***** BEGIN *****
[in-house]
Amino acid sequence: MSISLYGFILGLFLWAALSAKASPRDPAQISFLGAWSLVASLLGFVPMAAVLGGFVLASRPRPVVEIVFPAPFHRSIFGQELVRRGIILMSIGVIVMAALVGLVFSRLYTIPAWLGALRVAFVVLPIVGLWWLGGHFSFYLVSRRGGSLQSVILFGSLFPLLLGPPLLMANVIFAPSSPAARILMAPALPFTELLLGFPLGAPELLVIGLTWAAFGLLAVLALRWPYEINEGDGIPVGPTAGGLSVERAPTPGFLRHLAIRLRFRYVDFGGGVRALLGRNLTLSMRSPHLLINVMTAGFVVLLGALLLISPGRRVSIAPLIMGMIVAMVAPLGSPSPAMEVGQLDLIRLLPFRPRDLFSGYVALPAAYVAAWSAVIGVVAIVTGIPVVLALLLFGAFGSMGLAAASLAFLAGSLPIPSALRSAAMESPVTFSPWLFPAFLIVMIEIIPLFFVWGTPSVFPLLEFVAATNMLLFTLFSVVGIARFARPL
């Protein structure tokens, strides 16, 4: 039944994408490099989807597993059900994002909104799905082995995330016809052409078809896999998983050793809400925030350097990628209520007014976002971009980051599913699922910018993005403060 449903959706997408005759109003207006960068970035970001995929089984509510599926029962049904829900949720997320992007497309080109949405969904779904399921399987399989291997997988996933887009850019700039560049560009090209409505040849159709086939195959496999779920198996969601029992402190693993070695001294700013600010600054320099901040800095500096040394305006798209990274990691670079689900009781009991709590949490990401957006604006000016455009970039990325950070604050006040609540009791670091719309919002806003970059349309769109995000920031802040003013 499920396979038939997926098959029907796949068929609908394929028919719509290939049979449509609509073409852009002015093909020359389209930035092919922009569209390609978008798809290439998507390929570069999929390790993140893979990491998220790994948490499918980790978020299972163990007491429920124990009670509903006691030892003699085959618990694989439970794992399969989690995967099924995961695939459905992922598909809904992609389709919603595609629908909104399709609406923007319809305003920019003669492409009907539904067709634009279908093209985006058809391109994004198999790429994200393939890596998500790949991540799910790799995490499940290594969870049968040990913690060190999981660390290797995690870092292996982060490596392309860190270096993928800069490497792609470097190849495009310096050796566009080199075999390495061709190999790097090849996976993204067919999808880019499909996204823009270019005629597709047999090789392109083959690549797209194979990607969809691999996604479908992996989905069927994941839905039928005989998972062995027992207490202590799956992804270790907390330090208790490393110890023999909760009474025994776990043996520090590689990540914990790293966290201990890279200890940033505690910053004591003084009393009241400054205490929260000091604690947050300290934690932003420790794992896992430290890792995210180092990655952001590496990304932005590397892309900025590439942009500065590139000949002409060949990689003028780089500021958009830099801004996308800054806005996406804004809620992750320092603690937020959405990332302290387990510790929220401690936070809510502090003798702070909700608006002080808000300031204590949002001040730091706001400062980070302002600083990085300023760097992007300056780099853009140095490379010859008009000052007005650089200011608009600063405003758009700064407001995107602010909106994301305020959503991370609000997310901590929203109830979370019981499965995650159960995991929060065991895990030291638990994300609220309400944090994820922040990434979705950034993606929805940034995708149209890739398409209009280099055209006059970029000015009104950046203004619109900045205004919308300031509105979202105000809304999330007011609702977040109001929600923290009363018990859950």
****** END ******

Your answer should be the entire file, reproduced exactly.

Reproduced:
[in-house]
Amino acid sequence: MSISLYGFILGLFLWAALSAKASPRDPAQISFLGAWSLVASLLGFVPMAAVLGGFVLASRPRPVVEIVFPAPFHRSIFGQELVRRGIILMSIGVIVMAALVGLVFSRLYTIPAWLGALRVAFVVLPIVGLWWLGGHFSFYLVSRRGGSLQSVILFGSLFPLLLGPPLLMANVIFAPSSPAARILMAPALPFTELLLGFPLGAPELLVIGLTWAAFGLLAVLALRWPYEINEGDGIPVGPTAGGLSVERAPTPGFLRHLAIRLRFRYVDFGGGVRALLGRNLTLSMRSPHLLINVMTAGFVVLLGALLLISPGRRVSIAPLIMGMIVAMVAPLGSPSPAMEVGQLDLIRLLPFRPRDLFSGYVALPAAYVAAWSAVIGVVAIVTGIPVVLALLLFGAFGSMGLAAASLAFLAGSLPIPSALRSAAMESPVTFSPWLFPAFLIVMIEIIPLFFVWGTPSVFPLLEFVAATNMLLFTLFSVVGIARFARPL
């Protein structure tokens, strides 16, 4: 039944994408490099989807597993059900994002909104799905082995995330016809052409078809896999998983050793809400925030350097990628209520007014976002971009980051599913699922910018993005403060 449903959706997408005759109003207006960068970035970001995929089984509510599926029962049904829900949720997320992007497309080109949405969904779904399921399987399989291997997988996933887009850019700039560049560009090209409505040849159709086939195959496999779920198996969601029992402190693993070695001294700013600010600054320099901040800095500096040394305006798209990274990691670079689900009781009991709590949490990401957006604006000016455009970039990325950070604050006040609540009791670091719309919002806003970059349309769109995000920031802040003013 499920396979038939997926098959029907796949068929609908394929028919719509290939049979449509609509073409852009002015093909020359389209930035092919922009569209390609978008798809290439998507390929570069999929390790993140893979990491998220790994948490499918980790978020299972163990007491429920124990009670509903006691030892003699085959618990694989439970794992399969989690995967099924995961695939459905992922598909809904992609389709919603595609629908909104399709609406923007319809305003920019003669492409009907539904067709634009279908093209985006058809391109994004198999790429994200393939890596998500790949991540799910790799995490499940290594969870049968040990913690060190999981660390290797995690870092292996982060490596392309860190270096993928800069490497792609470097190849495009310096050796566009080199075999390495061709190999790097090849996976993204067919999808880019499909996204823009270019005629597709047999090789392109083959690549797209194979990607969809691999996604479908992996989905069927994941839905039928005989998972062995027992207490202590799956992804270790907390330090208790490393110890023999909760009474025994776990043996520090590689990540914990790293966290201990890279200890940033505690910053004591003084009393009241400054205490929260000091604690947050300290934690932003420790794992896992430290890792995210180092990655952001590496990304932005590397892309900025590439942009500065590139000949002409060949990689003028780089500021958009830099801004996308800054806005996406804004809620992750320092603690937020959405990332302290387990510790929220401690936070809510502090003798702070909700608006002080808000300031204590949002001040730091706001400062980070302002600083990085300023760097992007300056780099853009140095490379010859008009000052007005650089200011608009600063405003758009700064407001995107602010909106994301305020959503991370609000997310901590929203109830979370019981499965995650159960995991929060065991895990030291638990994300609220309400944090994820922040990434979705950034993606929805940034995708149209890739398409209009280099055209006059970029000015009104950046203004619109900045205004919308300031509105979202105000809304999330007011609702977040109001929600923290009363018990859950």